The Mothers

September 16, 2021
A pregnant woman standing in profile, mostly in silhouette, in front of a draped window
Photo by Mulyadi / Unsplash

Series editor’s note: The poem this week, “The Mothers,” by Arao Ameny, is less of a poem and more of an offering, a wanting; here is a space where the speaker has aptly placed two separate groups of mothers—those who have lost sons and daughters due to police brutality, and those whose children are the same police officers that are perpetrating violence against Black lives. Here, worlds collide; the poem seems to ask, what kind of mourning must one do to process this kind of grief; it asks, do these mothers also meet and talk / about the loss our black mothers bear? It never quite presumes to know the answer, and yet, in its sharp inquisitiveness, it arrests us in our grief, and forces us to consider a different perspective. And like a memory that refuses to age, we are embroiled in its thinking too—still, still, as there is still so much mourning to be done. – Mahtem Shiferraw

The Mothers

I read a news story about the mothers of
black sons and black daughters killed by police violence,
how they gather and meet,
a network of 400 mothers,
now son-less, now daughter-less,
how they call each other,
save each other’s names
alongside the names of their children,
how they talk and cry and sing and laugh
and exchange photos and stories
to remember, to resurrect –

I wonder if the mothers of the police who killed them also meet
once a month, call, or cry or talk
about what their sons or daughters could have done differently –

do these mothers also meet and talk
about the loss our black mothers bear?

do they know
that they rest their hands on their wombs
for days, sometimes for months,

do these mothers also plan weekends and holidays
talking about what their own sons have done?

I wonder if they also get together on Sunday afternoons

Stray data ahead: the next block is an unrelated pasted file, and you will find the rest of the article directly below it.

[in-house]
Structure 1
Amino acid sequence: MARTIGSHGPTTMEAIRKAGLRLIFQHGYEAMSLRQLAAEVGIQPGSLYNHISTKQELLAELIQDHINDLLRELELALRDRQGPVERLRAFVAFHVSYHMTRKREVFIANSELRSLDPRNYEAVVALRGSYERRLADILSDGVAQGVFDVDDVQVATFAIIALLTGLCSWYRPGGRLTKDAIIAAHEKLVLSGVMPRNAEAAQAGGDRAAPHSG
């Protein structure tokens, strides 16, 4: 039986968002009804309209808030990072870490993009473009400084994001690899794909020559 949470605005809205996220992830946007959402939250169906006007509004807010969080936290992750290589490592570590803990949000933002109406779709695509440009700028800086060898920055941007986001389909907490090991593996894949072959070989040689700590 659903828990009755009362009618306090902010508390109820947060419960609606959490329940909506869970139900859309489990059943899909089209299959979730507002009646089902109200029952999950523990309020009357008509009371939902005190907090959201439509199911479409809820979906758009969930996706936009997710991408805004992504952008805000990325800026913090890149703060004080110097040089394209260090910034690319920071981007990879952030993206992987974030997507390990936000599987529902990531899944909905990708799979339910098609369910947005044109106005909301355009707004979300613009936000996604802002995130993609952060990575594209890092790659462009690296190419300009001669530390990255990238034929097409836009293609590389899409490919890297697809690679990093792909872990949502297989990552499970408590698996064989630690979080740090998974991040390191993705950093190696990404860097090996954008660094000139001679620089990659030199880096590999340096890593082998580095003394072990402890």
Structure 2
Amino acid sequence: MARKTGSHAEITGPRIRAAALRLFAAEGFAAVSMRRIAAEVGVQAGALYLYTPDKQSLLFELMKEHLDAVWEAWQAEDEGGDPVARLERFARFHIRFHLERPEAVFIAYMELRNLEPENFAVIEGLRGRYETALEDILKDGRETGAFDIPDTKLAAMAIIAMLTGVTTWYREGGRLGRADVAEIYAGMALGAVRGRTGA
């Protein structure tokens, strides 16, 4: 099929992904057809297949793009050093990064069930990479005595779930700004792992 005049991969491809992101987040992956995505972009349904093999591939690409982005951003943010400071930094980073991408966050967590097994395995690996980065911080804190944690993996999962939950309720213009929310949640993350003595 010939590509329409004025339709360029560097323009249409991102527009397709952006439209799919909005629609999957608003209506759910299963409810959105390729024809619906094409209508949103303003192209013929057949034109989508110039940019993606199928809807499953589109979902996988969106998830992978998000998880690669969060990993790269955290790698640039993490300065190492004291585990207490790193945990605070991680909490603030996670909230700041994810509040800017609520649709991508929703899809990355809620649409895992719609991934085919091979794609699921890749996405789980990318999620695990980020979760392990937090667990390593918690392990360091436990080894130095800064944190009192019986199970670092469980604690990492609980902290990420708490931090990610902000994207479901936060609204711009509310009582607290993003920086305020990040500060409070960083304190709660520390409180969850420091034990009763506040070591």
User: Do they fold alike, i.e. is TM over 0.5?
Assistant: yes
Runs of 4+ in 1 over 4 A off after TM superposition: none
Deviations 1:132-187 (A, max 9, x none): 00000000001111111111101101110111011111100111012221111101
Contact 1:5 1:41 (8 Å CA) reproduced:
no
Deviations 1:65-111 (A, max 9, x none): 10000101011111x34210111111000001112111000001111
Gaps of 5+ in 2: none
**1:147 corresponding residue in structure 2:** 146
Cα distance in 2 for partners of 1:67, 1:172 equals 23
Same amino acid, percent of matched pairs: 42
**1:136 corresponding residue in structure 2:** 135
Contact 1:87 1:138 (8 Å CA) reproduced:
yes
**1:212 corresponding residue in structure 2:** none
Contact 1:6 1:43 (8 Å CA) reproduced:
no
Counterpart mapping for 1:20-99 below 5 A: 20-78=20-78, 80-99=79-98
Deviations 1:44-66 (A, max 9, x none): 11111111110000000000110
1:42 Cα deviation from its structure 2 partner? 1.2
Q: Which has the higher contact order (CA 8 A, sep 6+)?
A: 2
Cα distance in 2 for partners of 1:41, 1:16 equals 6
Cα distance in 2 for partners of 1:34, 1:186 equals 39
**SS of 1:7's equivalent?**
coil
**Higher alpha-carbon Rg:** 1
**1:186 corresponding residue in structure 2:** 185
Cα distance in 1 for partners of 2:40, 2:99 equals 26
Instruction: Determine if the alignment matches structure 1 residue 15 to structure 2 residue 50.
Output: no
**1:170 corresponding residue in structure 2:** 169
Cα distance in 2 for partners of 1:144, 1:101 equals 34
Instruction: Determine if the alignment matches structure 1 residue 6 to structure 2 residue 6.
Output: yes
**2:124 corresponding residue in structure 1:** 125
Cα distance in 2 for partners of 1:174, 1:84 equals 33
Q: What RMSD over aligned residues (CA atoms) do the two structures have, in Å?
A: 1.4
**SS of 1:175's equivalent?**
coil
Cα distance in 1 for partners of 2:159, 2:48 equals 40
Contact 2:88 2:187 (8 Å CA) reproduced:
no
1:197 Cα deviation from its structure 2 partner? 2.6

to drink lemonade, or sweet tea, to talk and cry and think
and remember what life was like before any bullets left the gun.

Do they know that some mothers dream
of their children’s faces, and these faces stuck in memory never age?

do these mothers of police officers also gather and meet?
do they also have a network of mothers
whose sons and daughters have taken the lives of other people’s children?

Again, I wake up to news stories about the mothers of black
sons and daughters killed by police violence
how they gather and meet,
another day or night interrupted,
sweet air mixed with tears,
how they cup each other’s chins and faces,
and pull in another woman as her shoulders shake,
to mourn her child.

Still, still.

September 16, 2021

Editorial note: Black Voices is a special series guest-edited by Mahtem Shiferraw and sponsored by the WLT Puterbaugh Endowment, which makes possible the Puterbaugh Lit Fest. The series will run on a weekly basis through October 2021.

Arao Ameny is a Ugandan-born, US-based poet and writer who earned her MFA in fiction at the University of Baltimore. She has an MA in journalism from Indiana University and a BA in political science from the University of Indianapolis. Her first published poem, “Home Is a Woman,” appeared in the Southern Review in 2020 and won the James Olney Award. She was a winner of the 2020 Brooklyn Poets Fellowship, a finalist for the 2021 Brunel International African Poetry Prize, and a nominee for the 2021 Best New Poets Anthology. Currently, she has a one-year contract role as a biography writer and editor at the Poetry Foundation.